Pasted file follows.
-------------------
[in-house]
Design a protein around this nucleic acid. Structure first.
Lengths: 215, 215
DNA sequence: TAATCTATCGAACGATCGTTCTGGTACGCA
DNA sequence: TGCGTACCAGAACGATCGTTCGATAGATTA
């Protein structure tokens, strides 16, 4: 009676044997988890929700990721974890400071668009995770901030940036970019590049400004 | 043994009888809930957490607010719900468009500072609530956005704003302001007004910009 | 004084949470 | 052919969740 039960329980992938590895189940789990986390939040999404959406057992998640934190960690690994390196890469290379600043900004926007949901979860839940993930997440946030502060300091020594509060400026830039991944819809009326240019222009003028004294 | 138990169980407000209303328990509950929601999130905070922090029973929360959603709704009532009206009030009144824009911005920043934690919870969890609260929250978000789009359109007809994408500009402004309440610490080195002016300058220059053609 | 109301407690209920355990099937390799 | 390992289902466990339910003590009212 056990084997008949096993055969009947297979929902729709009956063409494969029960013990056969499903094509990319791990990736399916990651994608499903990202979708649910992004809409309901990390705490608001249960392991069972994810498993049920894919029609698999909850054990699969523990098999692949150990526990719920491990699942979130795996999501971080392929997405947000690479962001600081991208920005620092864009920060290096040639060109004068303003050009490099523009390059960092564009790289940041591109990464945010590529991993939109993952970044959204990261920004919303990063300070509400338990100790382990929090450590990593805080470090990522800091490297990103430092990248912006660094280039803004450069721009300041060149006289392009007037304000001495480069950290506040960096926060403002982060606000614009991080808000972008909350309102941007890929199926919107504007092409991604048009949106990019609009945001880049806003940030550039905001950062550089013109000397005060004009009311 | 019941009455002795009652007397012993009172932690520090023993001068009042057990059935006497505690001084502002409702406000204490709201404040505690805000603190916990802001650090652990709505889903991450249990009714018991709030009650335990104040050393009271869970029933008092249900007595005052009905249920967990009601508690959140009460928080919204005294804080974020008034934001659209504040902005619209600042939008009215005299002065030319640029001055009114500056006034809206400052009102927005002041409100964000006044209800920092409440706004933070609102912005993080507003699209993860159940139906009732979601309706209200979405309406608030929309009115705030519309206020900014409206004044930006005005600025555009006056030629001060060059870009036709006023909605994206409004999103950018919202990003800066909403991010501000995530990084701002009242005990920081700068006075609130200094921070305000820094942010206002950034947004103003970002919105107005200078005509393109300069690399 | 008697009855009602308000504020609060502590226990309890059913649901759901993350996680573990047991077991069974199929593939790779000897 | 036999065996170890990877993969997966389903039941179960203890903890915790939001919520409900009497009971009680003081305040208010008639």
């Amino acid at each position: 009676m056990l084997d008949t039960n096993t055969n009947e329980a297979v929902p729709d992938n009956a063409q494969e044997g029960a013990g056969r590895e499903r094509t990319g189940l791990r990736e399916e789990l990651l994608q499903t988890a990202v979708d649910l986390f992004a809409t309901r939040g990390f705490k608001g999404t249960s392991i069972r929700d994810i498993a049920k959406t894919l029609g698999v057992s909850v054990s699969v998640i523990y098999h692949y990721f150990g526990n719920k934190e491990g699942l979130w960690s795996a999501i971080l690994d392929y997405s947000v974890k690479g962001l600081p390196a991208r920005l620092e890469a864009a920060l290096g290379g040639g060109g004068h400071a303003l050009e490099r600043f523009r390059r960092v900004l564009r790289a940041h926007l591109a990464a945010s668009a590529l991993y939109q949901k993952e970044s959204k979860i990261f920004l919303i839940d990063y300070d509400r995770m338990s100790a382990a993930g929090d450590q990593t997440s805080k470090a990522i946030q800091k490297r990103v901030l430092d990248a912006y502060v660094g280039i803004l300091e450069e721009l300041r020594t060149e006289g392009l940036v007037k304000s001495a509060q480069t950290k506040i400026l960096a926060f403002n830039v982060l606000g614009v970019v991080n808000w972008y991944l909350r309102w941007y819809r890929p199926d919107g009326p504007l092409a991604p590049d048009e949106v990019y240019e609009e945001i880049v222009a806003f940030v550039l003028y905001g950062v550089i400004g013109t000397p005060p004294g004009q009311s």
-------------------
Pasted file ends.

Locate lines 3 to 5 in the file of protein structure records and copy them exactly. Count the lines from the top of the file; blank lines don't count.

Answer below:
Lengths: 215, 215
DNA sequence: TAATCTATCGAACGATCGTTCTGGTACGCA
DNA sequence: TGCGTACCAGAACGATCGTTCGATAGATTA